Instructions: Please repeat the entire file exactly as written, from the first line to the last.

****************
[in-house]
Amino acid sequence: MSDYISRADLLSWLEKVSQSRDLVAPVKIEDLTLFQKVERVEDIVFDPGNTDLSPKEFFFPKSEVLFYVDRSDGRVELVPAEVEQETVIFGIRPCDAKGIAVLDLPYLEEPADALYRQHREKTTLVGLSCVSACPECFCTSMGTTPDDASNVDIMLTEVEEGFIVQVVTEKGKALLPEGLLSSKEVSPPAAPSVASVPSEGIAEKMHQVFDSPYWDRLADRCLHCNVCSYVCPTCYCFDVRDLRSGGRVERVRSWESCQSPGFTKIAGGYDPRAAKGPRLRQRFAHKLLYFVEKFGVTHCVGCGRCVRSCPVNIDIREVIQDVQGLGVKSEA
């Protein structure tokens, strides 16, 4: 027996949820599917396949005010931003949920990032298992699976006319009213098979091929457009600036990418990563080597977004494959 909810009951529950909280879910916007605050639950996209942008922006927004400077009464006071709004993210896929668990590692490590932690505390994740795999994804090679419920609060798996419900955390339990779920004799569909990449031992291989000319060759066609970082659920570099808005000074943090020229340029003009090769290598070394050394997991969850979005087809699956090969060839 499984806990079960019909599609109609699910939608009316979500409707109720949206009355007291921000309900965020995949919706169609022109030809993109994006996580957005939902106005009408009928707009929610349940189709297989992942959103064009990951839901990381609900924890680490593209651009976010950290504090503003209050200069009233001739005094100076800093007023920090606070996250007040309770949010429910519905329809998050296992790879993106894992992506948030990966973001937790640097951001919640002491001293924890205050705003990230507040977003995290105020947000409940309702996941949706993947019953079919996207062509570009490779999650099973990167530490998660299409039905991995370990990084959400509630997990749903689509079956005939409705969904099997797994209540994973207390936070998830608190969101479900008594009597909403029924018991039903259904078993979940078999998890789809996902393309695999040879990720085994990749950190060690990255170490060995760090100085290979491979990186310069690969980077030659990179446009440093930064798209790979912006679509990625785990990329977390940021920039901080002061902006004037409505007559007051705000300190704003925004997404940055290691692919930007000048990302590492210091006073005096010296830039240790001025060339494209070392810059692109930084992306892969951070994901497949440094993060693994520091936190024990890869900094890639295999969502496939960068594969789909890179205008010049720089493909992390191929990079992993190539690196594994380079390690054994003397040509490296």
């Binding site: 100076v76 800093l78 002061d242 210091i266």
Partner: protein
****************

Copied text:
[in-house]
Amino acid sequence: MSDYISRADLLSWLEKVSQSRDLVAPVKIEDLTLFQKVERVEDIVFDPGNTDLSPKEFFFPKSEVLFYVDRSDGRVELVPAEVEQETVIFGIRPCDAKGIAVLDLPYLEEPADALYRQHREKTTLVGLSCVSACPECFCTSMGTTPDDASNVDIMLTEVEEGFIVQVVTEKGKALLPEGLLSSKEVSPPAAPSVASVPSEGIAEKMHQVFDSPYWDRLADRCLHCNVCSYVCPTCYCFDVRDLRSGGRVERVRSWESCQSPGFTKIAGGYDPRAAKGPRLRQRFAHKLLYFVEKFGVTHCVGCGRCVRSCPVNIDIREVIQDVQGLGVKSEA
């Protein structure tokens, strides 16, 4: 027996949820599917396949005010931003949920990032298992699976006319009213098979091929457009600036990418990563080597977004494959 909810009951529950909280879910916007605050639950996209942008922006927004400077009464006071709004993210896929668990590692490590932690505390994740795999994804090679419920609060798996419900955390339990779920004799569909990449031992291989000319060759066609970082659920570099808005000074943090020229340029003009090769290598070394050394997991969850979005087809699956090969060839 499984806990079960019909599609109609699910939608009316979500409707109720949206009355007291921000309900965020995949919706169609022109030809993109994006996580957005939902106005009408009928707009929610349940189709297989992942959103064009990951839901990381609900924890680490593209651009976010950290504090503003209050200069009233001739005094100076800093007023920090606070996250007040309770949010429910519905329809998050296992790879993106894992992506948030990966973001937790640097951001919640002491001293924890205050705003990230507040977003995290105020947000409940309702996941949706993947019953079919996207062509570009490779999650099973990167530490998660299409039905991995370990990084959400509630997990749903689509079956005939409705969904099997797994209540994973207390936070998830608190969101479900008594009597909403029924018991039903259904078993979940078999998890789809996902393309695999040879990720085994990749950190060690990255170490060995760090100085290979491979990186310069690969980077030659990179446009440093930064798209790979912006679509990625785990990329977390940021920039901080002061902006004037409505007559007051705000300190704003925004997404940055290691692919930007000048990302590492210091006073005096010296830039240790001025060339494209070392810059692109930084992306892969951070994901497949440094993060693994520091936190024990890869900094890639295999969502496939960068594969789909890179205008010049720089493909992390191929990079992993190539690196594994380079390690054994003397040509490296």
């Binding site: 100076v76 800093l78 002061d242 210091i266």
Partner: protein